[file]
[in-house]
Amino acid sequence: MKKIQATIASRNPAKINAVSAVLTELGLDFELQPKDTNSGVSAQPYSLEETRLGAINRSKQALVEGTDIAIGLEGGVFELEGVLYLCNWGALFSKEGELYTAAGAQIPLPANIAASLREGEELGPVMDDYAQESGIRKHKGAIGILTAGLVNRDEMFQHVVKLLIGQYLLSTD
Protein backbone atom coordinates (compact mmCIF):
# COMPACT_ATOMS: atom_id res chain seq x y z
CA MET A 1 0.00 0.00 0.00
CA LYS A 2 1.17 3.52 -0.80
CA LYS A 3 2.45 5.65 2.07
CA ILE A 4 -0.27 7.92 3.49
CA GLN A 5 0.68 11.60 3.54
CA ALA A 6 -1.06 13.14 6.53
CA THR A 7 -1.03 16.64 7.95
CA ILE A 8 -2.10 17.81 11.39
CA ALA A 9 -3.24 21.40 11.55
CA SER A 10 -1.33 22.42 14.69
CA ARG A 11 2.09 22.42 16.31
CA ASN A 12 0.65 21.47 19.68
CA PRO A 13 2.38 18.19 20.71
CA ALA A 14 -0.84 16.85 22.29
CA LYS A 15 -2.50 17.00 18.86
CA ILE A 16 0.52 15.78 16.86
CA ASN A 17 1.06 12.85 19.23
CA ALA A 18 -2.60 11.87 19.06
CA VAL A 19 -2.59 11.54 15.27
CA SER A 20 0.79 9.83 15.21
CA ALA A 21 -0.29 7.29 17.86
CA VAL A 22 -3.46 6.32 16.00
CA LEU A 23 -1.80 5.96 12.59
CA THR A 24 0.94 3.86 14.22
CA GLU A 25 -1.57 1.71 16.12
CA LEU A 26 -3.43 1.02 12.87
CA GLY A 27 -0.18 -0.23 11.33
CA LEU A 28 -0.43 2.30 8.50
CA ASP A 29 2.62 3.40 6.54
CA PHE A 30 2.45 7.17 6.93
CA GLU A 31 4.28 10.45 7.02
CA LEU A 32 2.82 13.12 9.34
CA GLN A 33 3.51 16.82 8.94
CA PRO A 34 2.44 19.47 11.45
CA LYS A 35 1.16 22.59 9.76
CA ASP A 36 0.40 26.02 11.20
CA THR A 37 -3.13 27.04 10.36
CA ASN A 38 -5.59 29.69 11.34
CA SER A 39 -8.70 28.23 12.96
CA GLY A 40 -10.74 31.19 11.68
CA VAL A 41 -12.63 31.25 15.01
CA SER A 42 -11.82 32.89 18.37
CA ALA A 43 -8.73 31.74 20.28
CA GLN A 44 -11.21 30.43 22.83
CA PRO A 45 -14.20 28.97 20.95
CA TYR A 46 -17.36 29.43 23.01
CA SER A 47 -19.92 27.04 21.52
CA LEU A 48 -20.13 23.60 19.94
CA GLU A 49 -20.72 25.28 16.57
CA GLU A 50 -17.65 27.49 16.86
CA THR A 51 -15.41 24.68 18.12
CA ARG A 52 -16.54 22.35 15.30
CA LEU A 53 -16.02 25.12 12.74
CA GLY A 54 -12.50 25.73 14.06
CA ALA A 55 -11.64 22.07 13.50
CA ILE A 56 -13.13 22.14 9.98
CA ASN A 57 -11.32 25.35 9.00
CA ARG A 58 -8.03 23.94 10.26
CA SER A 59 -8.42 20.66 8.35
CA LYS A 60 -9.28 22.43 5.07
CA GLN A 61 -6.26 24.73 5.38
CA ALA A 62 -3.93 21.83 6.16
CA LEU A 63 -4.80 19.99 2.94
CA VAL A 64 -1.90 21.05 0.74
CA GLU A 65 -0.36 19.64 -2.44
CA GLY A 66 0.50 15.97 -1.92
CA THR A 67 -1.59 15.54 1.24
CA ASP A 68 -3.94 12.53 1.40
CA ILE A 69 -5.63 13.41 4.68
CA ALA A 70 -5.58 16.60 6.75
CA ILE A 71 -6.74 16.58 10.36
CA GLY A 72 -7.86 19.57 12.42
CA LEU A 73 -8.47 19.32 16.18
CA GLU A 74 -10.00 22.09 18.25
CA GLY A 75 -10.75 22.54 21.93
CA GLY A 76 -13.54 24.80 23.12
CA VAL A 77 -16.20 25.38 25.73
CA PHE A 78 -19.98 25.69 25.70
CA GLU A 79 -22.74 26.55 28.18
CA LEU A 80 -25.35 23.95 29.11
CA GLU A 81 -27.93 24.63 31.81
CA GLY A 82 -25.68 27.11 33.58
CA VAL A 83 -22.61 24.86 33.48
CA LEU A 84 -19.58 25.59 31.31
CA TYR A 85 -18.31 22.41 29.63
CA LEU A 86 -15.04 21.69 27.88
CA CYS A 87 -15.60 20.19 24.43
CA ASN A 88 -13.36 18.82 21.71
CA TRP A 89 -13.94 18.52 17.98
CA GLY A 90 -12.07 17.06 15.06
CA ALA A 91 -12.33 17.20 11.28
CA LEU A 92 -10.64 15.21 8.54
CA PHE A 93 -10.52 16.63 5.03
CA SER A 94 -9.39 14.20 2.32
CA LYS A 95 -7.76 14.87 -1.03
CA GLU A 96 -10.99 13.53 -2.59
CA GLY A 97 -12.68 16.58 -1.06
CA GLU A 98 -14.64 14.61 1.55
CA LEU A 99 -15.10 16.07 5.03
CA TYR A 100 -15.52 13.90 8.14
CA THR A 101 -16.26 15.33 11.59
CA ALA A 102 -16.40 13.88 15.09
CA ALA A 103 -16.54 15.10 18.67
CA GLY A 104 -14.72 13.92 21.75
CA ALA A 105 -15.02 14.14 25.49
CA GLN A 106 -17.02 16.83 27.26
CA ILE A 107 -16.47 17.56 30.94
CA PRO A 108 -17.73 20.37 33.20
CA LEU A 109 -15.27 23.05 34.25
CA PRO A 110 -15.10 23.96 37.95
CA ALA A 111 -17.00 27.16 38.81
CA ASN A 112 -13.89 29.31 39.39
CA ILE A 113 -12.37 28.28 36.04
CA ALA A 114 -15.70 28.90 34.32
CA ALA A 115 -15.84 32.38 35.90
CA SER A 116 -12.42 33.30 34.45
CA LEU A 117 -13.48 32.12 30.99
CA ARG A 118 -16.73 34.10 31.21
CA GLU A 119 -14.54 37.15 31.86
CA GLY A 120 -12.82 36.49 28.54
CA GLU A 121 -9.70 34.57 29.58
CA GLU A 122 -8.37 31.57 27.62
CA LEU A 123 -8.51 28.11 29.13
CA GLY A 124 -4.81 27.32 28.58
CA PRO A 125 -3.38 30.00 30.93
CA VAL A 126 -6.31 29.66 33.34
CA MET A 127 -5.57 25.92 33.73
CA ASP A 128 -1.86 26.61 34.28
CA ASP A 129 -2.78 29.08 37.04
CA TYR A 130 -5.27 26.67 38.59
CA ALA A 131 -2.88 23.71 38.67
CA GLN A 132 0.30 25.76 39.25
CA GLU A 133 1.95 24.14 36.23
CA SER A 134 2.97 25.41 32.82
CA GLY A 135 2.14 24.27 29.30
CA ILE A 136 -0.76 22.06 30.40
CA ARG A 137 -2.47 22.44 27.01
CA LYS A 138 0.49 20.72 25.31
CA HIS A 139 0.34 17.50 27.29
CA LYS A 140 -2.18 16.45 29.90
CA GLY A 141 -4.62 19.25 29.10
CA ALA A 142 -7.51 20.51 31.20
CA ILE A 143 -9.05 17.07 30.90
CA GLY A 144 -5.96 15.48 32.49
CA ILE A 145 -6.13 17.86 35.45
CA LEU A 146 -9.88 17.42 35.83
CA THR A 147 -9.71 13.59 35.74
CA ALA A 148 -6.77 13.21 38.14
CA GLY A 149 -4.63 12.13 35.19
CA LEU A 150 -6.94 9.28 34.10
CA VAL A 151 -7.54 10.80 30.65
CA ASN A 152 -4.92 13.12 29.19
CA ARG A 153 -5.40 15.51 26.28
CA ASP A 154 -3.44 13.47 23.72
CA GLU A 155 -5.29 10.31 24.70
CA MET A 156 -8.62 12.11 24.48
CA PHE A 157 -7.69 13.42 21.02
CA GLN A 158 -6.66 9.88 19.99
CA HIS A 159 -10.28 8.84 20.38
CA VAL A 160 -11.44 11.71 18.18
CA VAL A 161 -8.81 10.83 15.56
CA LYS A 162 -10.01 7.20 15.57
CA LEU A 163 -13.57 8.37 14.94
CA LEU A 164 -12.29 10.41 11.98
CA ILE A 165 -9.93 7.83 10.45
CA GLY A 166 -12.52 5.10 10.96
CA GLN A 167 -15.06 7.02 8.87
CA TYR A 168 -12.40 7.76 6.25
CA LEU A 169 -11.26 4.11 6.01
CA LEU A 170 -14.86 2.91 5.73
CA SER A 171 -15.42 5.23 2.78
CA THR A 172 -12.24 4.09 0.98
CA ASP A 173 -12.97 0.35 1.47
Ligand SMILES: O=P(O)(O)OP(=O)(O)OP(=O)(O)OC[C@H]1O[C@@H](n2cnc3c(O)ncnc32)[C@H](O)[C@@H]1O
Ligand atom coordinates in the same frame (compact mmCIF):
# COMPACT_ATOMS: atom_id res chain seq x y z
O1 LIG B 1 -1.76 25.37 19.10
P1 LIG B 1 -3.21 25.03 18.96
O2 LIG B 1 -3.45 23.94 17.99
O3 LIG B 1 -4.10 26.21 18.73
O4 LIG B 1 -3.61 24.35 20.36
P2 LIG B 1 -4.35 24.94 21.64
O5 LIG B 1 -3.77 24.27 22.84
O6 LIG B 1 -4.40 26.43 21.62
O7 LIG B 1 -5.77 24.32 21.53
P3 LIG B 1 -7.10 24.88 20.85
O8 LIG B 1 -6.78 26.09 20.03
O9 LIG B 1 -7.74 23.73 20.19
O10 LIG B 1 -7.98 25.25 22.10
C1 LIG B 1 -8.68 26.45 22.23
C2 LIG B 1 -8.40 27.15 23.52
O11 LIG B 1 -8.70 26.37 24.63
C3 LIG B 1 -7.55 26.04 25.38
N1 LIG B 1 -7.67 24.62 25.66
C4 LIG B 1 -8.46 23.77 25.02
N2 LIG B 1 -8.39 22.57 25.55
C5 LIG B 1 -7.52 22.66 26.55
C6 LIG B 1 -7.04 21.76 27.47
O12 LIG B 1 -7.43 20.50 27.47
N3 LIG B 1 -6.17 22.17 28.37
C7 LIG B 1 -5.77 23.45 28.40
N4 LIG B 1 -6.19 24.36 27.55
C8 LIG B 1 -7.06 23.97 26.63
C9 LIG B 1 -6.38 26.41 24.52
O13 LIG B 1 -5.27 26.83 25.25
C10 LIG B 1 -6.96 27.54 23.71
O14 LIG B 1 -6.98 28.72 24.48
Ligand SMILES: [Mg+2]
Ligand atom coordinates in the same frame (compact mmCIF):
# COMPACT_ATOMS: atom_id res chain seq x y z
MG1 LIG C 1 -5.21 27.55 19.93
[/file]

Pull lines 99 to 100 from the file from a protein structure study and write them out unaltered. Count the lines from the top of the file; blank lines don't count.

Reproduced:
CA LYS A 95 -7.76 14.87 -1.03
CA GLU A 96 -10.99 13.53 -2.59